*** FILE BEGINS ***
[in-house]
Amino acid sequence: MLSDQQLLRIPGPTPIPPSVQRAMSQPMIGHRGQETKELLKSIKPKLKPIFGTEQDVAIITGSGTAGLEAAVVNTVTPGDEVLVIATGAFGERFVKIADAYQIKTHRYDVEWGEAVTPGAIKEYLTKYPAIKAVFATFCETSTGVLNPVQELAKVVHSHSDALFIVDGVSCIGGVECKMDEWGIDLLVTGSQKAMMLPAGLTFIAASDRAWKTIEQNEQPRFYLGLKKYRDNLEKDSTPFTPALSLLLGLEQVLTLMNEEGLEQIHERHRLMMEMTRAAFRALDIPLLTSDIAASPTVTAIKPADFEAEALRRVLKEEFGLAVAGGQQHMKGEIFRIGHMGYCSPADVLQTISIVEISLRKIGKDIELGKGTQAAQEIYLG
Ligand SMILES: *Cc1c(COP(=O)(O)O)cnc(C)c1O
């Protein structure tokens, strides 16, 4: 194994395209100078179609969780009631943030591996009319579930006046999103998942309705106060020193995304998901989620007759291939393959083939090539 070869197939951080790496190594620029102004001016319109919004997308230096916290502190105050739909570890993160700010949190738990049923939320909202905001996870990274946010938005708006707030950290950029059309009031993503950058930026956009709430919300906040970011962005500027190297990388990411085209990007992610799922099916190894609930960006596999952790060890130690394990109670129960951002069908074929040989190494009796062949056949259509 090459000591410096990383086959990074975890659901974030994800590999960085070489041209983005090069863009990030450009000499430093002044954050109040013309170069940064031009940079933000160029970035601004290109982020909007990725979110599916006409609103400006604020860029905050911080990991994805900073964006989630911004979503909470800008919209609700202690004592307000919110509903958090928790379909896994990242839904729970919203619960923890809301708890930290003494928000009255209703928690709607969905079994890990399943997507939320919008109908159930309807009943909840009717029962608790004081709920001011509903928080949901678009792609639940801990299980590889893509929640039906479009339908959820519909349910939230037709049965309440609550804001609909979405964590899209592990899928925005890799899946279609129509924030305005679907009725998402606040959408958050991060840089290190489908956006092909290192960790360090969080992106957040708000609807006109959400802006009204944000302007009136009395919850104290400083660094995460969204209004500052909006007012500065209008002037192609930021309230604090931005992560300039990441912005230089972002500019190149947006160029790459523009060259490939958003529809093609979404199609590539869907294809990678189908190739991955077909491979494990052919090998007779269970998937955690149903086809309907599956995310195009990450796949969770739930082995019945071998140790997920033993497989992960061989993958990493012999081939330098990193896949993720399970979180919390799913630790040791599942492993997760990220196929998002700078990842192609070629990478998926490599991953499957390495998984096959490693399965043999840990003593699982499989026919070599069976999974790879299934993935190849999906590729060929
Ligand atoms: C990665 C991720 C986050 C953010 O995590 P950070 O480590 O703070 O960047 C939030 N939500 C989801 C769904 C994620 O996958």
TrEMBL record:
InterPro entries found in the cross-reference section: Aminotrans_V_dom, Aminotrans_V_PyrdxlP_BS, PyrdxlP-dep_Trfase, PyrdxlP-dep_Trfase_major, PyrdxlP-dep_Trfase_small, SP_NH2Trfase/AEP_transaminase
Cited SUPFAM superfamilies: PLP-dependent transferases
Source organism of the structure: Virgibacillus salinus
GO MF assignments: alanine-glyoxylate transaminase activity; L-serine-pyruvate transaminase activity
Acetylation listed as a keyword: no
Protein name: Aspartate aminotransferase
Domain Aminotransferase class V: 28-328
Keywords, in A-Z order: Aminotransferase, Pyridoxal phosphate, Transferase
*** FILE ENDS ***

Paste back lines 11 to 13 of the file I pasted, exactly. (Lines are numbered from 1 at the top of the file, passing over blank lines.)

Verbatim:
Acetylation listed as a keyword: no
Protein name: Aspartate aminotransferase
Domain Aminotransferase class V: 28-328